HM is proud to premiere the new lyric video for “Feel the Break” from Jeremiah Dirt, featuring JGivens and Illustrate. Dirt has long been a member of the holy hip-hop world, establishing the Shadow of the Locust in 1994. “I want to make music that pushes people, inspires them, and encourages them,” he has said.

We spoke with Dirt about “Feel the Break” specifically:

“‘Feel the Break’ started off as a non-topical song but started to gravitate toward the chorus as we wrote it. We took it as the ‘break’ you receive from our all merciful and gracious God. Though the lyrics are still loose, they center around Bible verses like Romans 8:18, Isaiah 66:9 and Psalm 56:3. In the chorus, we are inviting the listener to feel the break in the troubles of life and simply rest in God, who is all powerful to move the stones and split the seas.”

Jeremiah Dirt has been a part of the underground hip-hop scene for almost two decades. Starting out as a homeless youth in San Diego, Dirt had begun to write and perform original material in junior high school that expressed positivity and spirituality.  In 1994, he signed with P.O.D.’s then mother-label, Rescue Records, and began work on the Plague album, touring with P.O.D. eventually releasing the debut album in 1999. He followed Plague up with A War to Restore in 2000 and Heavy Manners in 2009.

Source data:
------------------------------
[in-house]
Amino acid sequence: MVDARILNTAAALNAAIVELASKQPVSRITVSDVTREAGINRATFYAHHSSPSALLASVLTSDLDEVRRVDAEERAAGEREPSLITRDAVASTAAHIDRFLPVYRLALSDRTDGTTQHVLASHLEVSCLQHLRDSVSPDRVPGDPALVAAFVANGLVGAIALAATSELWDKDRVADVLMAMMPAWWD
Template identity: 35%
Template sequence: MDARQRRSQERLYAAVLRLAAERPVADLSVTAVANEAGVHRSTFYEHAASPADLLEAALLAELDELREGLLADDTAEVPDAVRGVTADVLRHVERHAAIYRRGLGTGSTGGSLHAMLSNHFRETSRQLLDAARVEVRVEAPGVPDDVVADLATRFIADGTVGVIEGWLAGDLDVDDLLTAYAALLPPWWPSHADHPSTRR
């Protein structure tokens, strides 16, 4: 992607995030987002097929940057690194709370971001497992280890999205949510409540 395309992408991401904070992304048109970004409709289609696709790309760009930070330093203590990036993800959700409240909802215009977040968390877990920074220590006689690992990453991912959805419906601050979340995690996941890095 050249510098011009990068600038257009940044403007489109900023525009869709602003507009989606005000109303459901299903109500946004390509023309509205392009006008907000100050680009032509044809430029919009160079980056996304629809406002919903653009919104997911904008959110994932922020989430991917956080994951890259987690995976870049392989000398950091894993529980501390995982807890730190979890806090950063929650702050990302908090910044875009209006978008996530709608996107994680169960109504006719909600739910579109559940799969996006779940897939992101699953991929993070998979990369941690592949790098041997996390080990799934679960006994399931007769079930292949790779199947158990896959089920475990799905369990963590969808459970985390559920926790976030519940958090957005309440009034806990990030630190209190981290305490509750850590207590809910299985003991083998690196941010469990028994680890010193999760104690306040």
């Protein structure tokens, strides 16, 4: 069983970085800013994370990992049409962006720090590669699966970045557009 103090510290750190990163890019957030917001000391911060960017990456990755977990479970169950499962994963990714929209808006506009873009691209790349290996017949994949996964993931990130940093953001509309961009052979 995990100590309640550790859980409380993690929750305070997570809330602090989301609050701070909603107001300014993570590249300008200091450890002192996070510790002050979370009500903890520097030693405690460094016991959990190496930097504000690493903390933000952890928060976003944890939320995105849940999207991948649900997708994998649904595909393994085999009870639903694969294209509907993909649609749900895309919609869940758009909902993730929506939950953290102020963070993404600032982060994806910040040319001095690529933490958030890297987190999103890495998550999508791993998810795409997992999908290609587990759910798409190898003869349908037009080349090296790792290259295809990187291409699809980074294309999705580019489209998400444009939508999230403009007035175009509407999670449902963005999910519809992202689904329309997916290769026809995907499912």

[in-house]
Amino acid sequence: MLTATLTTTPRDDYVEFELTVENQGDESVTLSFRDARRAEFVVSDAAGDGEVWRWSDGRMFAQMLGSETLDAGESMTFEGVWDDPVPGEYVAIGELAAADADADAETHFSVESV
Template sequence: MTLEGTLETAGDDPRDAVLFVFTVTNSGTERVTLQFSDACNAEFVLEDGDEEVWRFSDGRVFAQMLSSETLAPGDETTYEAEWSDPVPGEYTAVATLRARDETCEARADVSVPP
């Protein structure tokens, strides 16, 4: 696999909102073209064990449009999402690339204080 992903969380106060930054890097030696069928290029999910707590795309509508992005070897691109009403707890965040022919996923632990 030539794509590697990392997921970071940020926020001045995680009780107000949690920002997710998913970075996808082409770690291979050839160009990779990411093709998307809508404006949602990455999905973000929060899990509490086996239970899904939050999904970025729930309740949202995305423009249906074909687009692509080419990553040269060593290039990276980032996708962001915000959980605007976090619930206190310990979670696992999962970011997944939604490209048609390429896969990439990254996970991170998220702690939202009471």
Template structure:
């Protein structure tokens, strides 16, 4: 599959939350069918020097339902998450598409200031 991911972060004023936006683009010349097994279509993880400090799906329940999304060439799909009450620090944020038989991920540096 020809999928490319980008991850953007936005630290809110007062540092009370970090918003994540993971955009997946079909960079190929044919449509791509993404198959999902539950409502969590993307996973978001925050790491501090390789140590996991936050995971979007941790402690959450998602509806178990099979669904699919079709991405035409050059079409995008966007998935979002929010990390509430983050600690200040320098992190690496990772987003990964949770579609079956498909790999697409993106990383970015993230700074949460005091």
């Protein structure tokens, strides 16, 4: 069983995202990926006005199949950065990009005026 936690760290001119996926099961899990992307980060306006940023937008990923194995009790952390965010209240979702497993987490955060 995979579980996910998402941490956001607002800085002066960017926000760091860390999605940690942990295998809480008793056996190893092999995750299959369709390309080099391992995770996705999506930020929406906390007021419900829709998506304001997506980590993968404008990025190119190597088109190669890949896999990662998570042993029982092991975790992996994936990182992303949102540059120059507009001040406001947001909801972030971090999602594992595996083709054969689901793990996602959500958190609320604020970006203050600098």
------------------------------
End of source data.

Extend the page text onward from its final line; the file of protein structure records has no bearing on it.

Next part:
Employed to Serve

Forward Under a Dying Sun

Most of these days, the sun rises and sets on a world that feels like it's dying. Across the pond, where Employed to Serve calls home, they're learning how to support their latest record a year into its release. HM contributor Andrew Voigt recently sat down with Justine Jones to learn more about the band, marrying your bandmates, and their outside shot at touring with Rammstein.


Full Feature
My Epic performing their last final show before COVID-19

Between the White Noise

My Epic's last full-length album came out in 2013; despite a number of EPs along the way, the band's dedication to their craft, lyrical approach, and unyielding approach to let the music come naturally has made them critical darlings. Now, they're learning to interact and feed a rabid fanbase in between albums and in a new normal.


Full Feature
All Features